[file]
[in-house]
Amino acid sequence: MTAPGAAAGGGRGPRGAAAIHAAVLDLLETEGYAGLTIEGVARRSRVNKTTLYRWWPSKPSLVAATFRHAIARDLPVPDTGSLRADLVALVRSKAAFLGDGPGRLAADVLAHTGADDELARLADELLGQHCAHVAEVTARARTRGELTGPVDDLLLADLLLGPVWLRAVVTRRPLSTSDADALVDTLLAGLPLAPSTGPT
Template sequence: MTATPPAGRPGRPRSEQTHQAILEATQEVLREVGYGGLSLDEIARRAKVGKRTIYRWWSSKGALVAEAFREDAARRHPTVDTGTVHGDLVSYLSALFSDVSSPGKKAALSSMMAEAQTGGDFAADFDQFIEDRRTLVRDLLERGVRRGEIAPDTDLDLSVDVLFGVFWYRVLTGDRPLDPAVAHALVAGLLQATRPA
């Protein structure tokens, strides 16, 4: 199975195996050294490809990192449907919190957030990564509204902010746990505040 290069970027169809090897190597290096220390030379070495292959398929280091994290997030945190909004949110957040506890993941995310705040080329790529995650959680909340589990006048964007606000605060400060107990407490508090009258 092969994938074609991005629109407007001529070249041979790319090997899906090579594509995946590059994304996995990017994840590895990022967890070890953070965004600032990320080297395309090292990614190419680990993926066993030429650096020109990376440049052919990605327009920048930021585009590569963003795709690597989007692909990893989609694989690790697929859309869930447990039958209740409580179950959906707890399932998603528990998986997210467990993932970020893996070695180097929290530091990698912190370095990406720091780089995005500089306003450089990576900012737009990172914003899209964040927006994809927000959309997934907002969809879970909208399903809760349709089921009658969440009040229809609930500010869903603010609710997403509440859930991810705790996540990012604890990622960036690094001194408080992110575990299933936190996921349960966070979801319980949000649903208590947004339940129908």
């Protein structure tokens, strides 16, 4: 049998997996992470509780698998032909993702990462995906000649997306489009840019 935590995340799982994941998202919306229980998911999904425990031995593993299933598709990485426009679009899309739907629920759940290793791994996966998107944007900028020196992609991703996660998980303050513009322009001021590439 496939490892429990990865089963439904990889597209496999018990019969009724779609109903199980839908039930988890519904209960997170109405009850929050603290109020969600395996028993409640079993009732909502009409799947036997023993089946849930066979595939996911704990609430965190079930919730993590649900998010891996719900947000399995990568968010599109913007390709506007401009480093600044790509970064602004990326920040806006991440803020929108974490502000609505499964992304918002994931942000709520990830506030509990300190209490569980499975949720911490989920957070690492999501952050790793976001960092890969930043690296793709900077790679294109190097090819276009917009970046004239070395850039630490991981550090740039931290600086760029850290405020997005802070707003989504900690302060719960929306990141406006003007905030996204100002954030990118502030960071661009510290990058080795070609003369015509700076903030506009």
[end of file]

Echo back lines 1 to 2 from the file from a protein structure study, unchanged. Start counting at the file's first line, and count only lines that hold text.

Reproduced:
[in-house]
Amino acid sequence: MTAPGAAAGGGRGPRGAAAIHAAVLDLLETEGYAGLTIEGVARRSRVNKTTLYRWWPSKPSLVAATFRHAIARDLPVPDTGSLRADLVALVRSKAAFLGDGPGRLAADVLAHTGADDELARLADELLGQHCAHVAEVTARARTRGELTGPVDDLLLADLLLGPVWLRAVVTRRPLSTSDADALVDTLLAGLPLAPSTGPT